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8 Things to Consider When Selling Video

Generating video advertising revenue is no longer restricted to simply injecting a 30 second TV ad in-front of some content. Publishers, says Andrew Petherick, are becoming smarter as the needs of their advertisers become broader, readers’ tolerance levels become more select, and video technology becomes more sophisticated.

By Andrew Petherick

Our experience in helping publishers make money from video has taught us and our publisher partners many things. While not an exhaustive list, here are some of the basics we’ve all learnt. I hope you find them useful.

1. Video on the web is not like video on TV...

It’s 99% certain most small and medium sized advertisers will have been on the receiving end of an online video marketing campaign at some stage, most likely one that involved a 15 or 30 second TV ad being injected in-front of some content. As a result, many small advertisers think they need a TV style ad to advertise with video. They are wrong. Unlike TV, there are no time restrictions on the web, allowing room for video creative material to be informative, engaging, relaxed, personal and useful rather than creatively snappy, expensive and hard hitting.

2. Some advertisers will assume it costs £10,000+ to make a video...

A few years ago, creating a one minute video involved directors, cameramen, editors and at least one person holding a clipboard. These days, filmmakers have directing, filmmaking and editing skills. That, combined with the onset of technology means costs have plummeted. What used to cost £10,000 can now be achieved for 1/10th of the price.

3. Publishers should consider offering a variety of video products.

In your magazines, newspapers and websites, you offer a variety of positions and shapes of media space costing the advertiser various amounts. The same should apply to video. Work out what you are going to offer and at what price. Video now comes in many forms, from self serve technology where the advertiser creates their own video online, to location based filming. Many of the publishers we supply services to offer video products ranging from £50 - £5,000 ensuring they have a video product for every advertiser budget.

4. Be clear what you’re selling.

If you’re selling video production to your advertisers (in the same way you might design an ad for those without a creative) be clear that they’re paying not just for a video to be produced but the targeted place on which to promote it; often advertisers conveniently forget this fact! Video Direct also offers un-restricted streaming, so video we produce for a publisher’s advertiser is streamed into their own site as well as the publishers, adding considerable value to the package.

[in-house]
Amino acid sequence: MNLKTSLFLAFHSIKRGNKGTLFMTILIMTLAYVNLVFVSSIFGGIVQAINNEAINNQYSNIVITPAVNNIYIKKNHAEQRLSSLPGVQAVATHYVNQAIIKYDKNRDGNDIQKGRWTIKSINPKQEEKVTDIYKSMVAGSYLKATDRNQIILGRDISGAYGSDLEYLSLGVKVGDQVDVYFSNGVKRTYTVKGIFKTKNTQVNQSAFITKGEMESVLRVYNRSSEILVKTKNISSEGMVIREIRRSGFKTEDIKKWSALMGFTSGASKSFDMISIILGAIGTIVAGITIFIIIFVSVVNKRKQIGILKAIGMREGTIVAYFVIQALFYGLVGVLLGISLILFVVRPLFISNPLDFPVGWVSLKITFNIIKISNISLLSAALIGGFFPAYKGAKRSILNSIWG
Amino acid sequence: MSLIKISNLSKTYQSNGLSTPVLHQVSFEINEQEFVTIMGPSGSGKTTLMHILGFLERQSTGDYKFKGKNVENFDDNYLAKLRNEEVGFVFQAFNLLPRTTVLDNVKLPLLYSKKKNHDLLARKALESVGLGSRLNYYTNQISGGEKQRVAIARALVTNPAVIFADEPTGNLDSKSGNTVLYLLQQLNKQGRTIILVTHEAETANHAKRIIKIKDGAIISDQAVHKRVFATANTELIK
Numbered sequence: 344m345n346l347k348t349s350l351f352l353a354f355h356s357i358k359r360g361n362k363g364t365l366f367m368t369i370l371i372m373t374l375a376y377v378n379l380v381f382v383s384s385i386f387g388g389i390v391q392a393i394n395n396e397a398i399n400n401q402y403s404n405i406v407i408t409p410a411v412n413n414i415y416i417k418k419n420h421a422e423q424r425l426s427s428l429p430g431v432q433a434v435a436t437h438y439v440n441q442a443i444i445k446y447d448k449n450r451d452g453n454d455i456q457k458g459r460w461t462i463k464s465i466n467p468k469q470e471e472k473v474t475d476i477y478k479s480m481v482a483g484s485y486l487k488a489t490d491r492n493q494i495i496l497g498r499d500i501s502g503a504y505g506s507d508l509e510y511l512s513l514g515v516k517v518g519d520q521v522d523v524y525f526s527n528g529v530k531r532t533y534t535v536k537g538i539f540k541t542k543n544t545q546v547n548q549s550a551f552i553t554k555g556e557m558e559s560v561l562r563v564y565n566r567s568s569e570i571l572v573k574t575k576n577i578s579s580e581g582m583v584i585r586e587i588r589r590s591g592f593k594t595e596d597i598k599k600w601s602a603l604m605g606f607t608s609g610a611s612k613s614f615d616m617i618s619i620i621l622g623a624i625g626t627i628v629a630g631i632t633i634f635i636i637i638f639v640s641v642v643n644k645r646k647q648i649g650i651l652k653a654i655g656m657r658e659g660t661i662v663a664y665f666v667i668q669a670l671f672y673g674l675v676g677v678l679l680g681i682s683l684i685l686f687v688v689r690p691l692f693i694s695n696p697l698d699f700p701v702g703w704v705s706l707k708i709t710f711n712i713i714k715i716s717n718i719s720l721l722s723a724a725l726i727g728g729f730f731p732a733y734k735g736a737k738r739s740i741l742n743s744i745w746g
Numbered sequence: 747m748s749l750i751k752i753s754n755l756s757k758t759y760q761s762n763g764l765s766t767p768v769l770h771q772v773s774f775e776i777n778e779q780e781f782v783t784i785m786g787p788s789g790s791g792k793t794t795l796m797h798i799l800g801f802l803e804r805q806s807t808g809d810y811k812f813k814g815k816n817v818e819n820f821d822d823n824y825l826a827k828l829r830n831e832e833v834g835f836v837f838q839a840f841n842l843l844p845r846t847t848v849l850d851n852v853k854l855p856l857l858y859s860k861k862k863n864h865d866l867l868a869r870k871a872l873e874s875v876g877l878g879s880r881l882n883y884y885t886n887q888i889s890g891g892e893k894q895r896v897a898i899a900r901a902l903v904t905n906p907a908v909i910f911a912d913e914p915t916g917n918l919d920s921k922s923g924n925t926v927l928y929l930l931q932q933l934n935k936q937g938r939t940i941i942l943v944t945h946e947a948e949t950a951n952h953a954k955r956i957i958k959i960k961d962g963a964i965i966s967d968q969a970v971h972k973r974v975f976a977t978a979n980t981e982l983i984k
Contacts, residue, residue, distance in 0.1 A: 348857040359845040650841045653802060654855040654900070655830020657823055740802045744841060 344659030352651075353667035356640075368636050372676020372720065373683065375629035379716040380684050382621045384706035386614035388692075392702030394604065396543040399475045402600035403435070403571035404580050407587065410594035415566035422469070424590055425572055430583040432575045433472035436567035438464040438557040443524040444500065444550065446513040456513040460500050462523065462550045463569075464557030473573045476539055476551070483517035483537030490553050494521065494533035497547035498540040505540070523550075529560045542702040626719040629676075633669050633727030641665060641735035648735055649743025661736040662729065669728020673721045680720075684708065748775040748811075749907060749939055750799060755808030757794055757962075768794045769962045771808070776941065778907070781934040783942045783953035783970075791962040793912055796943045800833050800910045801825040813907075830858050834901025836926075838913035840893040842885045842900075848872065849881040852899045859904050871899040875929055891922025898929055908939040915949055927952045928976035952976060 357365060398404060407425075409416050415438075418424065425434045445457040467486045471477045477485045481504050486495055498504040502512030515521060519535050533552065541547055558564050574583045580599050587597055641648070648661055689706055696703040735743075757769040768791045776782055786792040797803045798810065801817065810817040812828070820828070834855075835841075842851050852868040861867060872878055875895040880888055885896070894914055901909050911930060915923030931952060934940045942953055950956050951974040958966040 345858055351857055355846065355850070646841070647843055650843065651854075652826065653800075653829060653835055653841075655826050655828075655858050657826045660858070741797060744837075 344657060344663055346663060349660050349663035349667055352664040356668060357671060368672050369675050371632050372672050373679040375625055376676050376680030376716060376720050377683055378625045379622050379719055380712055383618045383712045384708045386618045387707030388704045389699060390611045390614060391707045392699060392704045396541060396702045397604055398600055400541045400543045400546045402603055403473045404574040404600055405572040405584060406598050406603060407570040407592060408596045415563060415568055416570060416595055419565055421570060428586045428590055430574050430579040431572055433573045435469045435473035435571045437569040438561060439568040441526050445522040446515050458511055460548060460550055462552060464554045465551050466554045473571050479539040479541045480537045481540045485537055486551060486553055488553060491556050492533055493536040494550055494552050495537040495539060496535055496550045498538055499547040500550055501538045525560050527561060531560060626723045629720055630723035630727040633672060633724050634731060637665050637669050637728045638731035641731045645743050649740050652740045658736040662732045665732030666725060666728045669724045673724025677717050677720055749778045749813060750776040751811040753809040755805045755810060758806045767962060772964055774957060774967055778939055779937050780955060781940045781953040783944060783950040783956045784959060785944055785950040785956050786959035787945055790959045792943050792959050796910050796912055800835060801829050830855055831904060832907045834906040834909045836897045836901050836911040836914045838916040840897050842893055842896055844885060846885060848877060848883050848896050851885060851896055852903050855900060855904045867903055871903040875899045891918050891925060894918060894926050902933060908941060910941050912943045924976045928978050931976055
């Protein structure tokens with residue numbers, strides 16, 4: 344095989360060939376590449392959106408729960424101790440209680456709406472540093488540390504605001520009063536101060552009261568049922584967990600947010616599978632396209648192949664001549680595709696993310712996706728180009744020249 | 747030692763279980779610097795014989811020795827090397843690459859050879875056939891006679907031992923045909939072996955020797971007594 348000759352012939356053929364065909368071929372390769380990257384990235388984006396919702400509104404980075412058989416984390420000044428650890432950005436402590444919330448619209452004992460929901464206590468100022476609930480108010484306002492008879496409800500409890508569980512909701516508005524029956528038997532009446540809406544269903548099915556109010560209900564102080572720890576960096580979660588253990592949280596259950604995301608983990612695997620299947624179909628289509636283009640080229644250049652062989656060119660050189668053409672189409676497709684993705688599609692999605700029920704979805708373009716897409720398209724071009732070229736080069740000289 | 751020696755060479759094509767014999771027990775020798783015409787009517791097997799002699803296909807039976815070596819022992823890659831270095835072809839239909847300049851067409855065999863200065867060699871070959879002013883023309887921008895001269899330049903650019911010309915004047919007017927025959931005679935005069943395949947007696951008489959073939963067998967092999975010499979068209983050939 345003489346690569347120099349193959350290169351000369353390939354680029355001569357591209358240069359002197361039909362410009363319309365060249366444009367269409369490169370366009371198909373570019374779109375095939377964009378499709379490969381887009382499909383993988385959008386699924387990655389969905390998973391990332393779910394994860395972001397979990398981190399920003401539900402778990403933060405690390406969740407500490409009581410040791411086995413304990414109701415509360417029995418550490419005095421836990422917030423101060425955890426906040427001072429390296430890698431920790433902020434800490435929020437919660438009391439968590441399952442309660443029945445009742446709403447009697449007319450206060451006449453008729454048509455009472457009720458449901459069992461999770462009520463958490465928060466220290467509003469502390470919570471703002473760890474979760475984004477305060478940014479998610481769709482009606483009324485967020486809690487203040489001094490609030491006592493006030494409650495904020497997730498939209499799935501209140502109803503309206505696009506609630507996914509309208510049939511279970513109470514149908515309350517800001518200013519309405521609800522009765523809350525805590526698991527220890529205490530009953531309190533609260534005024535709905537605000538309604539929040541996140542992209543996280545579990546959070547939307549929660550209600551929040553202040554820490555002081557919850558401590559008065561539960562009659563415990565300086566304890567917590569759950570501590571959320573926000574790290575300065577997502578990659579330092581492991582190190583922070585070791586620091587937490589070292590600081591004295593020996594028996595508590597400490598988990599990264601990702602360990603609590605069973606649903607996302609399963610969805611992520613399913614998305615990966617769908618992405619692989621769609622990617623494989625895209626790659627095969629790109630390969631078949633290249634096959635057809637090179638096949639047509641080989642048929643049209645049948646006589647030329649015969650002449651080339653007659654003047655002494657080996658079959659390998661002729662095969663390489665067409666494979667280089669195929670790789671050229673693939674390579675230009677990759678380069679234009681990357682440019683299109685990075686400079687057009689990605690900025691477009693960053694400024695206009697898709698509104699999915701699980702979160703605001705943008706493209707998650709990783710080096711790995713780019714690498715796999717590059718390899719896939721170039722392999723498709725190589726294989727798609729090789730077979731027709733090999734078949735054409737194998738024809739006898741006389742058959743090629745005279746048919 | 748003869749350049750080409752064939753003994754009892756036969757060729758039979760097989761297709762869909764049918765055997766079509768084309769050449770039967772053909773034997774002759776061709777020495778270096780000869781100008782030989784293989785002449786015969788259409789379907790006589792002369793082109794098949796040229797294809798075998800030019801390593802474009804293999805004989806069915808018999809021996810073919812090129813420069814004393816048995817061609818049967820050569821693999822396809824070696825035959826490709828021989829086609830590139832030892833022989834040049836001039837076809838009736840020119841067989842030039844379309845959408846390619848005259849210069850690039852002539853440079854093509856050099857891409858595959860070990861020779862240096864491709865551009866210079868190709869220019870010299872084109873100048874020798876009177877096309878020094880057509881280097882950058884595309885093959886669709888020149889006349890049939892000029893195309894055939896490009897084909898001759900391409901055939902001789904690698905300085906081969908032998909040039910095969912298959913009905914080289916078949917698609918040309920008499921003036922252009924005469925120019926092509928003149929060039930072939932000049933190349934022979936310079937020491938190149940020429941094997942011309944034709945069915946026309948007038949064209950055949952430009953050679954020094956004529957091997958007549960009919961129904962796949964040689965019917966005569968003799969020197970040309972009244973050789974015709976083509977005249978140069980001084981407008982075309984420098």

5. Many advertisers don’t know they can use video to advertise with; they need to be told.

Unless you make it obvious, advertisers will not know video is part of your media portfolio. You cannot assume advertisers are not interested in video because they’re not enquiring about it. Video will be a new medium to most advertisers and you need to tell them about it. In our publishers’ experience, there’s genuine interest from advertisers when told about video.

6. Advertisers’ pre-existing video is a revenue opportunity you can’t ignore.

Over the next few years, more and more of your advertisers will have a video; this is a potential gold mine for publishers and you need to think where and how you’re going to display it. Having a web-page full of YouTube videos will look amateur – video players like Mothership offer attractive and low cost ways to collate and add value to an advertisers’ video, legitimising any premium price you should be charging for inclusion.

7. Be proud of it - don’t bury it where no-one can see it.

You’ll stand a much better chance of success when selling video if the potential advertiser can find other video easily on your site. Don’t bury video deep in a directory where no-one can find it.

8. Don’t get too clever, too early.

There are many new video innovations being developed by us (and others) that publishers will be able to benefit commercially from. For instance, we’re working with one publisher on a micro-payment model where viewers pay £2-£3 to view content. Data capture through video is also on the horizon, as is augmented reality. Most of the publishers we’re working with are right to learn how to walk first though; not because they lack the sophistication but because their advertisers do. Blinding advertisers with complex video products will confuse them; tempt them with simple and quality video production first. There’s plenty of time for wizardry later!